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Discussion in 'Eastside' started by Beerbohm, Apr 29, 2005.

  1. Aside from practice. Any tips tricks or advice on getting that back tire up. I did one a long time ago on accident and would like to learn how to do one on purpose and not look like a jack@$$.
  2. Lemme know when ya wanna go out and practice, Its not the hardest thing but takes a little touch. Im just now starting to get the hang of them on the big bike (its so damn long!) but we could do a little work, practice up!


  3. Even if you develop good technique, you won't be doing anything except sliding (the front) unless you have warm tires, clean pavement, and warm brakes. It always helps for your first couple of the day to ride a short distance (maybe a couple hundred feet) while riding the front brake. This will get your brakes warm. And as ironic as it sounds, it's sort-of like wheelies, the faster you go, the smoother and "easier" it will be to ride them out. For a good technical discription...go to the "how to's" link at the top of they'll walk you through the process.
  4. jezterr

    jezterr Retired Admin

    riding your brakes while rolling? sounds like a good way to glaze them over...
  5. ok, don't RIDE your breaks for a mile! Or just forget I said ride them all together, just USE them enough to get them warm...then proceed.
  6. jabstar17

    jabstar17 Le Bitch

    First two things you need to get for safety reasons! Get a steering damper so your front end wont fold up on you. Then get some braided steel brake lines, there alot touchier. You get a better feel for the bike picking up that way.

    After that, when yor rolling up to a stop slide forward up into the gas tank as far forward as possible, squeze wtih your legs so you dont go anywhere. Keep your feet on the pegs tell right before you come back to the ground.

    Like Eric "fighterama" said, best thing to do, is go with another person or two. Watch them and apply it to yourself. Last i knew Eric was doing alright with his stoppies.
  7. [​IMG]


    And here is a 12 doing a stoppie:

  8. jabstar17

    jabstar17 Le Bitch

    AND he is also flying off the bike at the same time!!!
  9. I dont have a damper or braided lines, but she still comes up pretty easily. (damper helps the speed wobbles, not really gonna decelerate wheel movements with 600lbs on it) John also made a good point inadvertently... by riding your brakes a bit the friction between the decelerating front tire and the pavement will get your rubber warmed nicely as well.

  10. jabstar17

    jabstar17 Le Bitch

    The reason you want the damper and braided lines, is if your gonna do a real stoppie and carry it while your rolling. Anybody can do a fake stoppie when you stop, dont need anything to do that.
  11. Steering damper is a good idea but not neccessarily something to buy right off the bat. Get new brake pads first, practice, practice, and practice...then maybe some steel braided lines, then when you're rolling them for a 100-200 ft, you should look into a steering damper. I would suggest though if you're gonna get serious about stunting, buy a crash cage, mine is from "905 racing", they'll save you $$ in the long run. And its smartest to stunt on a second bike, you don't want to thrash your daily driver, and believe me, if you want to get good, you'll be thrashing your bike.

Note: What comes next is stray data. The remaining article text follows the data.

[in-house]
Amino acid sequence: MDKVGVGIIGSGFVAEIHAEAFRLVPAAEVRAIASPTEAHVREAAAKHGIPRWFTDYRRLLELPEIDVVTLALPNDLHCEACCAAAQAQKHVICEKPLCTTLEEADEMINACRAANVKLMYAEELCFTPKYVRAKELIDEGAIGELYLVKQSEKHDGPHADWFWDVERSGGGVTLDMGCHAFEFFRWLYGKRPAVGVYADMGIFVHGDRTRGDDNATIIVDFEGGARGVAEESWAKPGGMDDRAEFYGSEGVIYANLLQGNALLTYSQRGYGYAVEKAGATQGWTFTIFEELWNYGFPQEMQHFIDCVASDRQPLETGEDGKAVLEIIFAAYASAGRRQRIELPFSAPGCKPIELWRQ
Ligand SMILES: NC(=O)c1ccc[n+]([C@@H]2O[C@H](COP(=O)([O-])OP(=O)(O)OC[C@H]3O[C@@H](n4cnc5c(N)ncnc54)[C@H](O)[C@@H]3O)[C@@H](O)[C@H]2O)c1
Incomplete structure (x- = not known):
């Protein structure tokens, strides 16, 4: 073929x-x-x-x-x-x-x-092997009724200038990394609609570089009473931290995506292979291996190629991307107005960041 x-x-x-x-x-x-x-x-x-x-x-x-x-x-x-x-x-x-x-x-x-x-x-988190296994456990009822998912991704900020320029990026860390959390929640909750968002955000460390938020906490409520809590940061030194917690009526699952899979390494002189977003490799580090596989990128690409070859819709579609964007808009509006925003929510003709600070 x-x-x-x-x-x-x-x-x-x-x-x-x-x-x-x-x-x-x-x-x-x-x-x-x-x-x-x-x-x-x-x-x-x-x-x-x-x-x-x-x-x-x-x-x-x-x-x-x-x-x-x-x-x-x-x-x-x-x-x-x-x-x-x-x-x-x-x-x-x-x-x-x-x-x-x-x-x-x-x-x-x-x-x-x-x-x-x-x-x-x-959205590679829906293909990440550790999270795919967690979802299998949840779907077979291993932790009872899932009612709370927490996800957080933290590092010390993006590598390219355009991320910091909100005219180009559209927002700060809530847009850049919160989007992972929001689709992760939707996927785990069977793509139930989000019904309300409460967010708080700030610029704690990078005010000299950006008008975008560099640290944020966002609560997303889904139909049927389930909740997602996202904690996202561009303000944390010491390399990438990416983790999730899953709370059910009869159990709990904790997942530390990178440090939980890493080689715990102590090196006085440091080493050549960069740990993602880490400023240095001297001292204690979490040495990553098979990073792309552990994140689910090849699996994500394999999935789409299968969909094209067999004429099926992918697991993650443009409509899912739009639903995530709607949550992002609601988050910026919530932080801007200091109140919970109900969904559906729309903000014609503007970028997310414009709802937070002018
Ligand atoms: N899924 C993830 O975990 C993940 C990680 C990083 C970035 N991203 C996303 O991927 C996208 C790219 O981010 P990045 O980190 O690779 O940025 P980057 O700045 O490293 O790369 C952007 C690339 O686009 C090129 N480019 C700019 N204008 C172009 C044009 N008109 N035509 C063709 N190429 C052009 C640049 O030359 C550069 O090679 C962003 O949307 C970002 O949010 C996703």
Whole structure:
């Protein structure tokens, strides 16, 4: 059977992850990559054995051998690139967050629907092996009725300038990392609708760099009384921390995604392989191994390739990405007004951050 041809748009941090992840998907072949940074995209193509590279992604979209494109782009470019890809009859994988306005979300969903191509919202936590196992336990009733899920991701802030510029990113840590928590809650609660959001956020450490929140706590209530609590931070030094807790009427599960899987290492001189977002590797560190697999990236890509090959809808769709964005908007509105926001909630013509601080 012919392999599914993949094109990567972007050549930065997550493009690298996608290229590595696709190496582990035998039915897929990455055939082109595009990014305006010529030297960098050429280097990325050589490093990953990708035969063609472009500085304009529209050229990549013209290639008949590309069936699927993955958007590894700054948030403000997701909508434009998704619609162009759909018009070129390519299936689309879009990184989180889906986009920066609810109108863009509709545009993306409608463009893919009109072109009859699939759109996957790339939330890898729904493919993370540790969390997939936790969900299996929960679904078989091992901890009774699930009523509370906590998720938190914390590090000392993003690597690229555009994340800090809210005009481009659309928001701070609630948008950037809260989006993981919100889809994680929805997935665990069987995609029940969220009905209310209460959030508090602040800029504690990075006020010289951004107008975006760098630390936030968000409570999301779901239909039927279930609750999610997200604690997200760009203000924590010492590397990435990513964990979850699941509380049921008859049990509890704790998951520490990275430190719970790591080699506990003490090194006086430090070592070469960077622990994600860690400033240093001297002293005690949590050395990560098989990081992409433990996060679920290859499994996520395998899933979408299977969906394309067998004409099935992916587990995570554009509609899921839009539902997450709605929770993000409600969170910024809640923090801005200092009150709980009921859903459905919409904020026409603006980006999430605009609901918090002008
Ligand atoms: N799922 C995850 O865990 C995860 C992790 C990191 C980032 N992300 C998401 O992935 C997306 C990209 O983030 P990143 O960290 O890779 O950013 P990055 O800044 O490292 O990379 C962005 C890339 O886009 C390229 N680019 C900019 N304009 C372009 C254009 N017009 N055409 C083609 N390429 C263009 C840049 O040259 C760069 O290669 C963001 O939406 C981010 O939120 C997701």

As for technique, it's gonna be easier seen than read on the internet.
  12. Guff

    Guff Forum Admin Staff Member

    Nice pics beans... looks like the guy in the last photo mod'd his bike to have an ejection seat.

  13. .
    Last edited: Jun 24, 2008
  14. Get going 30-35 MPH and then grab a hand full of brake. The back will come up with no problem. Soon as it does let go until your start getting comfortable with it. As you get more practice you will find that you can get the back up pretty high and still not be close to going over. Here is the trick, just like a wheelie you need to find the balance point for your bike. Its differnet for every bike. When you get the back up and hit this point you will see its kinda effortless but scary. Too much brake and you go over, to little and your back is coming back down. To keep it going you need speed and a very quick finger applying and letting go of the brake. Keep practicing and you will get better but it takes a lot of skill. Addittionally stoppies are very hard on your forks and steering colum. If you do them enough you will start to see some play in the steering colum and there really is no fix to this. Hope it helps.
  15. Kolat

    Kolat emw2k9 beer pong champions

    grab a handfull of front brake and hump the tank :)

  16. [​IMG]
  17. If you are wise, you'll get a GOOD ADJUSTABLE steering damper before you go trying to roll a stoppie. If you reach the balance point without a very stiff damper, you are begging to get a tank slapper which will put you on your lid every time!

    As said, to roll a stoppie takes lots of practice. Gradually work your way up from a foot high to a rolling balanced stoppie. Rushing the process may put you on your head.
  18. you still ride? :nana
  19. clinty poo

    clinty poo vrrooom636

    My boy Kelin rolls 100+ feet stoppies with no dampner on his 05 636.. I could do about 50 feet on my 636 with no dampner.. Just gotta get a feel for it.. START SMALL. On my KTM the longest I've rolled is 90ish feet.. 65 MPH and then up onto the front tire.. Just start small thats the main thing. If you have the go big or go home attitude you'll be going to the hospital haha.. I love stoppies, they are by far my favorite thing to do on a bike. Just play with the brake and start bringing up the tire by grabbing a little bit of brake.. Just work your way up and once you start getting em pretty high start practicing letting out the brake slowly..